Booking ahead for our early morning train ride on Saturday morning, I decided to opt for First Class tickets. Why not eh? It’s quieter and more comfortable and not much more expensive. Screw the recession, let’s treat ourselves, I thought.
I’m rather partial to a First Class voyage when I can get away with it, and who isn’t. My only concern lies in the effect it has on my brain.
Racing onto a plane home from Croatia a few years ago just in time not to miss it altogether, the on-board crew had no choice but to put us in First Class as the rest of the flight was full. The fact that this so-called area looked and was exactly the same as Standard just with a different label didn’t stop us being all ‘get us!’ and la-di-da about the whole thing. We’d been bumped up and even though it didn’t actually affect our flight experience in any way whatsoever, we were still disgustingly smug.
Even as I walked onto the train on Saturday – planning as I stepped to write a piece about the First Class illusion when I got back – I could feel that I was swinging my hips and, in spite of myself, striding like I mattered. It was a walk that said ‘Excuse me, step aside, I’ve got some free tea and coffee (which I actually hate) to consume, because THAT’S what it means to sit in First Class, don’t you know.’ That is all it means.
Online train booking means high-end travel is now a game everyone can play. Advance tickets and discount sites allow the likes of me – if we’re organised enough – to sit amongst the leather for the same cost as perching on whatever the cheaper seats are made of.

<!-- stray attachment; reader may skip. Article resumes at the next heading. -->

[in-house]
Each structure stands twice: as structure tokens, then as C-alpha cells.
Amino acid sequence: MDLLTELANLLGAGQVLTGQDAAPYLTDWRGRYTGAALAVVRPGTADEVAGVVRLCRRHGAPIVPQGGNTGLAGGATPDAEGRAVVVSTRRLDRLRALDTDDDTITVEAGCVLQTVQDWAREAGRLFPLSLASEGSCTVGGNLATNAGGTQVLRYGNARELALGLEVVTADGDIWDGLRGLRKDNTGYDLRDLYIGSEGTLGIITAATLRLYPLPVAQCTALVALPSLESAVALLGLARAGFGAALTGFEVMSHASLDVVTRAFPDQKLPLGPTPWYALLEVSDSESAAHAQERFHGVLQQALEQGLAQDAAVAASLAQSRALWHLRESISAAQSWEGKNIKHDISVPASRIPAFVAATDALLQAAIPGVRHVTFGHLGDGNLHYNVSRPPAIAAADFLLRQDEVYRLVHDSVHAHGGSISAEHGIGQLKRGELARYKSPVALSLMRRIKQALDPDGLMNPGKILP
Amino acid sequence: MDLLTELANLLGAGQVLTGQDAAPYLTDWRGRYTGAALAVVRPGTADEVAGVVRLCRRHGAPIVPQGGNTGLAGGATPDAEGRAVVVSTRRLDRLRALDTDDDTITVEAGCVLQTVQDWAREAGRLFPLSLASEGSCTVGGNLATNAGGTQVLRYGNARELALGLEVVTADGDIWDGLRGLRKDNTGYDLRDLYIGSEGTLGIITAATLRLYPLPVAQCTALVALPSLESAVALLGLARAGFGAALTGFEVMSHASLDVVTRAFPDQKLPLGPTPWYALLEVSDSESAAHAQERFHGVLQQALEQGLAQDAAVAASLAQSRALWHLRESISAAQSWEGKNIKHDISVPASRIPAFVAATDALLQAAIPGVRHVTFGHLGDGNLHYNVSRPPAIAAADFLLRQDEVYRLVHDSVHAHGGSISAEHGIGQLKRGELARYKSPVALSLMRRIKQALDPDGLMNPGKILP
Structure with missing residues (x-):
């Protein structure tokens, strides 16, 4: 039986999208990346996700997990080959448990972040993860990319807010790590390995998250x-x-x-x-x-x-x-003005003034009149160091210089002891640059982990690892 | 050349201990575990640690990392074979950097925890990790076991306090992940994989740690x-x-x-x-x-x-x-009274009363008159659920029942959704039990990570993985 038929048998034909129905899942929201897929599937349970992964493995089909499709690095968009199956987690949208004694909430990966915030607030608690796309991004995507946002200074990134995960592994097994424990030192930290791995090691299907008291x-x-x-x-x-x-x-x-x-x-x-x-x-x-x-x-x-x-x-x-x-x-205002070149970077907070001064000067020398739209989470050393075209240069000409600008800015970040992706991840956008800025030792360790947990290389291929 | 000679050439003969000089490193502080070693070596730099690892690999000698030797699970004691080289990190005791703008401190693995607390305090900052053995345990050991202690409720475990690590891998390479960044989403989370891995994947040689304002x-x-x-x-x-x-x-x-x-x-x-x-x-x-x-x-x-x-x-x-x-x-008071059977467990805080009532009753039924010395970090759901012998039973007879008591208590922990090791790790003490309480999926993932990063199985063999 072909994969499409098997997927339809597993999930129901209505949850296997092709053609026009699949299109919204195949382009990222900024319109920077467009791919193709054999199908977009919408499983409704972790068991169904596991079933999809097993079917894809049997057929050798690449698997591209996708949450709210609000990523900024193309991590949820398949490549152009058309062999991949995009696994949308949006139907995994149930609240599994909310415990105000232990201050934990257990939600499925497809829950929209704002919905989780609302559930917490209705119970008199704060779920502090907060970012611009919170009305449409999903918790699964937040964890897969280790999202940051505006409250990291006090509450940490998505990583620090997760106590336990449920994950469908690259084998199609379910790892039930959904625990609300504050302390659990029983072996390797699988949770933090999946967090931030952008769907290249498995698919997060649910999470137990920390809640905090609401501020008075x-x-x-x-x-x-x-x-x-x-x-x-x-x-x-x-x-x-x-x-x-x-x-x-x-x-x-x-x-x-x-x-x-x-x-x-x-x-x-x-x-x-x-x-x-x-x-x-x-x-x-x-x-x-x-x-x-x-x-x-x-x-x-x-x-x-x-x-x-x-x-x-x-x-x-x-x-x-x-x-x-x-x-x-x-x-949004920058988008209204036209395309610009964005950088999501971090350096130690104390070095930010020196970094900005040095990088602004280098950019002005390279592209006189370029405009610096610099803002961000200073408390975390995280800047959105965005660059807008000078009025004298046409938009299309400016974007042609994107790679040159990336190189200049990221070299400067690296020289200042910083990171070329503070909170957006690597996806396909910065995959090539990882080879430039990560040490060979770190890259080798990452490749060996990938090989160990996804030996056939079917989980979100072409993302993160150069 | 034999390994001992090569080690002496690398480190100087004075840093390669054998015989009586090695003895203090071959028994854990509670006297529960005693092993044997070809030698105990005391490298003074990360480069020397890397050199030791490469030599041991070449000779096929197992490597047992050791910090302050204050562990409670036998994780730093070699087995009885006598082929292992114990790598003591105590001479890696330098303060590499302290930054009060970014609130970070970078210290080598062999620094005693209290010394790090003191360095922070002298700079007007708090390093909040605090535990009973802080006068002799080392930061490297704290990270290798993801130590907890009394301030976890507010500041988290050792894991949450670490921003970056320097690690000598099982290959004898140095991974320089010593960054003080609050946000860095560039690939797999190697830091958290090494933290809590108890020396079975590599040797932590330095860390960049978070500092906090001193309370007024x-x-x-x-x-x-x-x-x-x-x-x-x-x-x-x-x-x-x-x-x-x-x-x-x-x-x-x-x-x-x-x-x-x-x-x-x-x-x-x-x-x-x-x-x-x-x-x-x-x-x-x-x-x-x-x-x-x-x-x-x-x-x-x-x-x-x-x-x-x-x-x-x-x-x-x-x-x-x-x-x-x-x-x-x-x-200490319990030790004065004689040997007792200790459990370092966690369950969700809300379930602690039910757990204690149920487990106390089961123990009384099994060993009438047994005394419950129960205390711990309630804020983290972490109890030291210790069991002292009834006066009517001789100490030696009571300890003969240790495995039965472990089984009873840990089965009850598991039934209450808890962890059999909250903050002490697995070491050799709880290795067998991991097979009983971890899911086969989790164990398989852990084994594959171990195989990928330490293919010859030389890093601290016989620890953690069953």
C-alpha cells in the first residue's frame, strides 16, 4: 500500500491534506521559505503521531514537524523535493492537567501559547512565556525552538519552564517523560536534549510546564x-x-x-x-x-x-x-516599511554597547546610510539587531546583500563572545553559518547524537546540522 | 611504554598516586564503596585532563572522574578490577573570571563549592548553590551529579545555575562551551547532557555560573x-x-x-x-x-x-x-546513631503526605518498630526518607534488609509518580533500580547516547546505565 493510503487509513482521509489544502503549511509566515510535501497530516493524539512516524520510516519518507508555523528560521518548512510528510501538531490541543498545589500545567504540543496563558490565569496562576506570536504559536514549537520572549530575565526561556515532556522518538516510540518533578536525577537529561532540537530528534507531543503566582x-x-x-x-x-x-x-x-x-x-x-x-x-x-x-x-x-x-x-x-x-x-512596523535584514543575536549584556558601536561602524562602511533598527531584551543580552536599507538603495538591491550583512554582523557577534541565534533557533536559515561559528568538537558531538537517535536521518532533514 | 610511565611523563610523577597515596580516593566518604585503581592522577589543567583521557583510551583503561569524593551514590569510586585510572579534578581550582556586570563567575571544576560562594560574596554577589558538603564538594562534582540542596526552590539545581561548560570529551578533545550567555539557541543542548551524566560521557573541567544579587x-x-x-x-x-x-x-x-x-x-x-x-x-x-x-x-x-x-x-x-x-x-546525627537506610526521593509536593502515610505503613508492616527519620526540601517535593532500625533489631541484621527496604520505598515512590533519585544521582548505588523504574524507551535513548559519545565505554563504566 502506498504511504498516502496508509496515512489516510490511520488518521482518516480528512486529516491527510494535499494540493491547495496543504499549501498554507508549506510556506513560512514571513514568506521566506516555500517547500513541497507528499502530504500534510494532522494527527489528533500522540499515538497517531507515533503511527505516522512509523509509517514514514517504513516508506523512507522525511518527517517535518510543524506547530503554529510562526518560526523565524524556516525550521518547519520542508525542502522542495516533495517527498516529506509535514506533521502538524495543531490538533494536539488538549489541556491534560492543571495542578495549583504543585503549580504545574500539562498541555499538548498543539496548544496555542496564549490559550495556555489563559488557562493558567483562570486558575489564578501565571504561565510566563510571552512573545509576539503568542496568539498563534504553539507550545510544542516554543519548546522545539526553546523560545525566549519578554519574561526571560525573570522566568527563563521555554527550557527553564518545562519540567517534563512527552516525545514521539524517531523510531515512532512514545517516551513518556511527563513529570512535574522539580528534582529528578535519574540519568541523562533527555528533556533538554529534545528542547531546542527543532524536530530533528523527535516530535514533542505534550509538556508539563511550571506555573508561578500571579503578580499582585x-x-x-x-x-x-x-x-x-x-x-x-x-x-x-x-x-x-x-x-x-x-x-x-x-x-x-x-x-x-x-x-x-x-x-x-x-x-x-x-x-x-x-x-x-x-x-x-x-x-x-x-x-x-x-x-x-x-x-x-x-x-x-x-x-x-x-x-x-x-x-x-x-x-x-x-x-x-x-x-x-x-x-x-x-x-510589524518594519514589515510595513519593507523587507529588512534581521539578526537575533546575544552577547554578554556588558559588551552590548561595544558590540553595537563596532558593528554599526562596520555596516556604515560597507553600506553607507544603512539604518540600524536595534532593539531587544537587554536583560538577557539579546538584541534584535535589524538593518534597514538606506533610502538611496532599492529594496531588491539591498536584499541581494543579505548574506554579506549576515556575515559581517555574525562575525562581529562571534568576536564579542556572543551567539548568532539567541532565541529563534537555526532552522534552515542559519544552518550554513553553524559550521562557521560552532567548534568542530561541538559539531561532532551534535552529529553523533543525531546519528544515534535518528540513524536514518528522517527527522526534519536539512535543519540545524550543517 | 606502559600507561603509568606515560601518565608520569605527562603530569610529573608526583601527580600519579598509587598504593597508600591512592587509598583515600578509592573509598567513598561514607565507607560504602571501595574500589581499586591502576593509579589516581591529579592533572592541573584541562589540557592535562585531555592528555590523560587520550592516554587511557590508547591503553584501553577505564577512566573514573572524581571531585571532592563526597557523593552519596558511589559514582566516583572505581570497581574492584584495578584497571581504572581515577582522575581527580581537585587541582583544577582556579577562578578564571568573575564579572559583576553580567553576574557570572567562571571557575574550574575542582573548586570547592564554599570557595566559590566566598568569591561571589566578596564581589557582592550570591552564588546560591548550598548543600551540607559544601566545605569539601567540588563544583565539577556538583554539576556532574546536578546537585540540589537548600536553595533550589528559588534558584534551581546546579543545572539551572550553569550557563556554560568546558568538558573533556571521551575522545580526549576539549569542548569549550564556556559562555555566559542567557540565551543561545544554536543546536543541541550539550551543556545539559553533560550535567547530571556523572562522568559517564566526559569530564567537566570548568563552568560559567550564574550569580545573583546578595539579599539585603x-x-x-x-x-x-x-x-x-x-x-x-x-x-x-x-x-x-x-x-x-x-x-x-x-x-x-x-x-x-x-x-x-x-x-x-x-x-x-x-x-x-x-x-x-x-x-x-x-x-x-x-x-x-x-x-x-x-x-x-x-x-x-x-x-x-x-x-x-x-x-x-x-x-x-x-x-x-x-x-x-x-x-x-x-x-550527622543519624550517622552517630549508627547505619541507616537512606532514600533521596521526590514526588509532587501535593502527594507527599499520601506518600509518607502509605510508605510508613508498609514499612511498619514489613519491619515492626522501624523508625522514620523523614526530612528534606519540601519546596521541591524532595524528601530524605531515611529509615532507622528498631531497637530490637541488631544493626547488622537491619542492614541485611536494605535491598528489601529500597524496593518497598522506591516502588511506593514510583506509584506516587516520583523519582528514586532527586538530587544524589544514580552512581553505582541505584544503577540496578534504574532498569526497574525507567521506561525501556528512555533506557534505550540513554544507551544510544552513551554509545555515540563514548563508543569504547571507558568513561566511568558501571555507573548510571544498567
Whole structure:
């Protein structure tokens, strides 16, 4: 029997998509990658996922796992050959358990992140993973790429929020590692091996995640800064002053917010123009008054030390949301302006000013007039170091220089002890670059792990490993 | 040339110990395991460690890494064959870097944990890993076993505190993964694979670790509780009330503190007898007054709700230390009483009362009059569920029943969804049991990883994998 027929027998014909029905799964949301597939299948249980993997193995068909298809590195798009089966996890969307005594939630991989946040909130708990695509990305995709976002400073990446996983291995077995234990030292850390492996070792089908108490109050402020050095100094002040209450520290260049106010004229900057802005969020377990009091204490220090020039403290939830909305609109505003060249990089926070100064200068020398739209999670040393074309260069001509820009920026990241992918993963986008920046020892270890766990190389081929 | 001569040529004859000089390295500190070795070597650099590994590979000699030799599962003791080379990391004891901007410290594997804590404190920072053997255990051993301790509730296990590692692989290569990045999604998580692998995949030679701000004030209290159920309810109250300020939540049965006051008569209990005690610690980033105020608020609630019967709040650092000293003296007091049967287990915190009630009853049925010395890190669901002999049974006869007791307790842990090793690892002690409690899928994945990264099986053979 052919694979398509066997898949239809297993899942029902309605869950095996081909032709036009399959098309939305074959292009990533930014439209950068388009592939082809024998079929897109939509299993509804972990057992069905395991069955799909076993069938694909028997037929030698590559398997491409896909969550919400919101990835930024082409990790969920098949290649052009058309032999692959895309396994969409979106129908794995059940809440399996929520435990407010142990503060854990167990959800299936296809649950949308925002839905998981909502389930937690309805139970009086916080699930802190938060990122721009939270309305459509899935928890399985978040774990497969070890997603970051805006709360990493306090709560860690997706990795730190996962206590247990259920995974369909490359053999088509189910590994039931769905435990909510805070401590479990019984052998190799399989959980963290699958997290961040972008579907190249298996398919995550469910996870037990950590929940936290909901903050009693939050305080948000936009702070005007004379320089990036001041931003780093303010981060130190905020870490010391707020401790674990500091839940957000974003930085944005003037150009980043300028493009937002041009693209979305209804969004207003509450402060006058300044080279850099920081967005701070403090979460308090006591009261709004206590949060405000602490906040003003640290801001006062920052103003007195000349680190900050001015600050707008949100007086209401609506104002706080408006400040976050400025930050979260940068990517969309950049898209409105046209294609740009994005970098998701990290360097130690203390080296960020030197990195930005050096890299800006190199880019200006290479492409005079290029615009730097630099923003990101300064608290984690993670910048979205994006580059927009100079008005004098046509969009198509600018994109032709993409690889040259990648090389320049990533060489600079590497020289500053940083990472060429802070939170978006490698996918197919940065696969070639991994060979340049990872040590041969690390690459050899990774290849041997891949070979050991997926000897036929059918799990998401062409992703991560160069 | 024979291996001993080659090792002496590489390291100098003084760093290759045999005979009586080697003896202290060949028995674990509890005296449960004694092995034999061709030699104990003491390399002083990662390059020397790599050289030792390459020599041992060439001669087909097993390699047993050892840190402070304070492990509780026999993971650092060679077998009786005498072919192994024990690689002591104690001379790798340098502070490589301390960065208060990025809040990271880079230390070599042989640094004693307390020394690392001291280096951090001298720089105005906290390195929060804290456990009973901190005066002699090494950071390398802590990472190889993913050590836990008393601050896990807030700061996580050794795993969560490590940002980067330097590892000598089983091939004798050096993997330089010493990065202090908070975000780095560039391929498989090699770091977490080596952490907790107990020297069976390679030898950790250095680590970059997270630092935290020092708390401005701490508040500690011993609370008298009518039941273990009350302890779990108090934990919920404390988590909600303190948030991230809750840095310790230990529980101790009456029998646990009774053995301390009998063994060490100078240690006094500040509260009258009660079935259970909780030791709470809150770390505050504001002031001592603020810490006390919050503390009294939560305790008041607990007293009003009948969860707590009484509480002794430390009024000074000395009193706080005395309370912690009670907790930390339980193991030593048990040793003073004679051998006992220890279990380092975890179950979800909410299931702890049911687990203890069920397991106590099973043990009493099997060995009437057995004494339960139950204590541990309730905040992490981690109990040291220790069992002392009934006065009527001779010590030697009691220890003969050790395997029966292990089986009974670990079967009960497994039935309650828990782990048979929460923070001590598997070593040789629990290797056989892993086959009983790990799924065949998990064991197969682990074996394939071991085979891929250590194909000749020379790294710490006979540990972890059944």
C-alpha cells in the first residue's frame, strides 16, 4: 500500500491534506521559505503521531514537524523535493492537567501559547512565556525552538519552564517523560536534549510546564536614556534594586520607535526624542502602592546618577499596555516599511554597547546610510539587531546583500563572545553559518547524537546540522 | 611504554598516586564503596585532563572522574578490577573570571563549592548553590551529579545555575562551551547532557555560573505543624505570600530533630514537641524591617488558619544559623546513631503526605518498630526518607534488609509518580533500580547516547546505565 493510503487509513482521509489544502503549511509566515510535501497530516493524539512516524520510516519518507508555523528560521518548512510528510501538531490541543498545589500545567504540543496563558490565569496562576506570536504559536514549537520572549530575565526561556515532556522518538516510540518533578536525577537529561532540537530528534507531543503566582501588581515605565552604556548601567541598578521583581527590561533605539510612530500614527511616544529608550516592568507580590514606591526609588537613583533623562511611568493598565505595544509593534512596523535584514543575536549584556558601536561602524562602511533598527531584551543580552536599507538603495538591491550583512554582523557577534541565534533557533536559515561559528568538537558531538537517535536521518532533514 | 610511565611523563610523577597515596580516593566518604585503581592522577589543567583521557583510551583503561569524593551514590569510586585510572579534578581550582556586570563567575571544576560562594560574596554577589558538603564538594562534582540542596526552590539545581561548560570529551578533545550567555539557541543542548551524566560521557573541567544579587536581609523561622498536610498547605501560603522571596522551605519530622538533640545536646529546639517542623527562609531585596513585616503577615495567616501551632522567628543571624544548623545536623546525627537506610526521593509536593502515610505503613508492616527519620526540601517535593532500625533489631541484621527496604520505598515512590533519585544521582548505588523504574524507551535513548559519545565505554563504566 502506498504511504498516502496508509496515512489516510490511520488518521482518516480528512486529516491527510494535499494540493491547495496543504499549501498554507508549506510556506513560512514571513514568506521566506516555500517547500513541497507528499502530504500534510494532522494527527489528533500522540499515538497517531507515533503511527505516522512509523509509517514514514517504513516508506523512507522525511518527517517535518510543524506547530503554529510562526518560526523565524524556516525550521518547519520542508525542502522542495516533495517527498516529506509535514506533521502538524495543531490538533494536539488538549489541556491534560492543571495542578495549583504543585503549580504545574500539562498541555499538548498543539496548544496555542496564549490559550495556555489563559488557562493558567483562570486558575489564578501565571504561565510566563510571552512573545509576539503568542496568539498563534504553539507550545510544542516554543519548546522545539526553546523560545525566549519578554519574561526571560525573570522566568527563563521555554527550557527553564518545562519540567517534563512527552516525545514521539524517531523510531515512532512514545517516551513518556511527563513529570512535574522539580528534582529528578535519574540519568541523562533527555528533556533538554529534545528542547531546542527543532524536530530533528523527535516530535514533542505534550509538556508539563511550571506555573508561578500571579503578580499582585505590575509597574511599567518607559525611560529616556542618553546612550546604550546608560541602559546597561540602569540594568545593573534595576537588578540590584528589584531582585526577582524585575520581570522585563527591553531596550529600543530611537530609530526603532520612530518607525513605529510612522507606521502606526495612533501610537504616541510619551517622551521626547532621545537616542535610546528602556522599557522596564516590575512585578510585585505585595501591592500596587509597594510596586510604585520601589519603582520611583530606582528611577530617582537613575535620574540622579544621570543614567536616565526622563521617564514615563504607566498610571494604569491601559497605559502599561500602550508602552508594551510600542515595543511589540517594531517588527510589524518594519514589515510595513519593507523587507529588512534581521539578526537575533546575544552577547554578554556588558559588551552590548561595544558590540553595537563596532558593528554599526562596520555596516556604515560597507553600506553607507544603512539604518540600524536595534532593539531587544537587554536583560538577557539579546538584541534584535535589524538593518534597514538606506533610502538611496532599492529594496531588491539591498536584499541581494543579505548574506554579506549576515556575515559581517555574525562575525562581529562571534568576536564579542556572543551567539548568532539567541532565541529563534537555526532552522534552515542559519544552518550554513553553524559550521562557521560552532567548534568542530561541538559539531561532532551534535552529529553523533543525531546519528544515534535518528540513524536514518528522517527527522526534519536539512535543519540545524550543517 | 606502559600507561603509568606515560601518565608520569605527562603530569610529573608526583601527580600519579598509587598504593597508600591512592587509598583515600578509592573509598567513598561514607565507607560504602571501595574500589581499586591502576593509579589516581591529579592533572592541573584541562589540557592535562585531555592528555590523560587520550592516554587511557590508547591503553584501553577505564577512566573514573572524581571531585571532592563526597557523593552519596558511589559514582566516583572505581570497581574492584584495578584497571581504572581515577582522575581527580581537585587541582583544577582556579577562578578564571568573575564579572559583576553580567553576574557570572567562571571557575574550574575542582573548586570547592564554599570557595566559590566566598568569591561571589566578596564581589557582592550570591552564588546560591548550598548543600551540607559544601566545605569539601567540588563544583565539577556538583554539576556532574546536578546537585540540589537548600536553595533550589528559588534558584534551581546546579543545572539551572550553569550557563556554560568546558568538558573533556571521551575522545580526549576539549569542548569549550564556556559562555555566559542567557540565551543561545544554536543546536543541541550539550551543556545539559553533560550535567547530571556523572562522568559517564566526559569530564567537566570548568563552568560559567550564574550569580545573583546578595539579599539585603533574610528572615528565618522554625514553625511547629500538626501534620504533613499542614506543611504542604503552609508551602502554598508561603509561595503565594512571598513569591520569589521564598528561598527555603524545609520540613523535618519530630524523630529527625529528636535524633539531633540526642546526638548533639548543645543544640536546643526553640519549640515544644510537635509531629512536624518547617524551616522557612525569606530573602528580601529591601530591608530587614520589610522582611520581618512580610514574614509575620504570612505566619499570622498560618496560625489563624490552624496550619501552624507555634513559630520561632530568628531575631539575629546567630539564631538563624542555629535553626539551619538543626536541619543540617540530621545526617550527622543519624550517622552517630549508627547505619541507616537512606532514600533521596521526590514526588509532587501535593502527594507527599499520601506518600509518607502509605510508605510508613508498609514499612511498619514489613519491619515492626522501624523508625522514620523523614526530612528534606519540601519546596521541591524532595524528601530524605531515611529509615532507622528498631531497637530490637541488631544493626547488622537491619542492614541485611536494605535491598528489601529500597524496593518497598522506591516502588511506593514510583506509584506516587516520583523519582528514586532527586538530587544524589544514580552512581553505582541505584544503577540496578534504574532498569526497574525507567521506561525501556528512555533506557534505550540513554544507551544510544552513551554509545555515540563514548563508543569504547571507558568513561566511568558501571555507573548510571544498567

Like so many brands, the First Class effect is, of course, just a silly illusion. There is no such thing as a First Class person – you’re just a person who happens to be sitting in a particular type of chair. But the label and the palaver have the potential to make you, if only momentarily, believe that you are somehow better than those sitting/flying/eating elsewhere from you. How bizarre.
The train is like a long narrow microcosm of what’s going on beyond the stations it stops at. Some people are choosing yet another snack from the food trolley, whilst others are just trying to find somewhere to sit down. Either way, no group is better than the other.
And in reality nobody called me Madam, no-one polished my shoes, and when I went to the bathroom, there wasn’t anybody in there to hand me towels. Don’t get me wrong, it was very comfortable but all in all, it was just like I was just a girl on a train, sitting in the blue section rather than the red section – like it didn’t actually say anything about who I am or my place in society at all.
Thank goodness for that.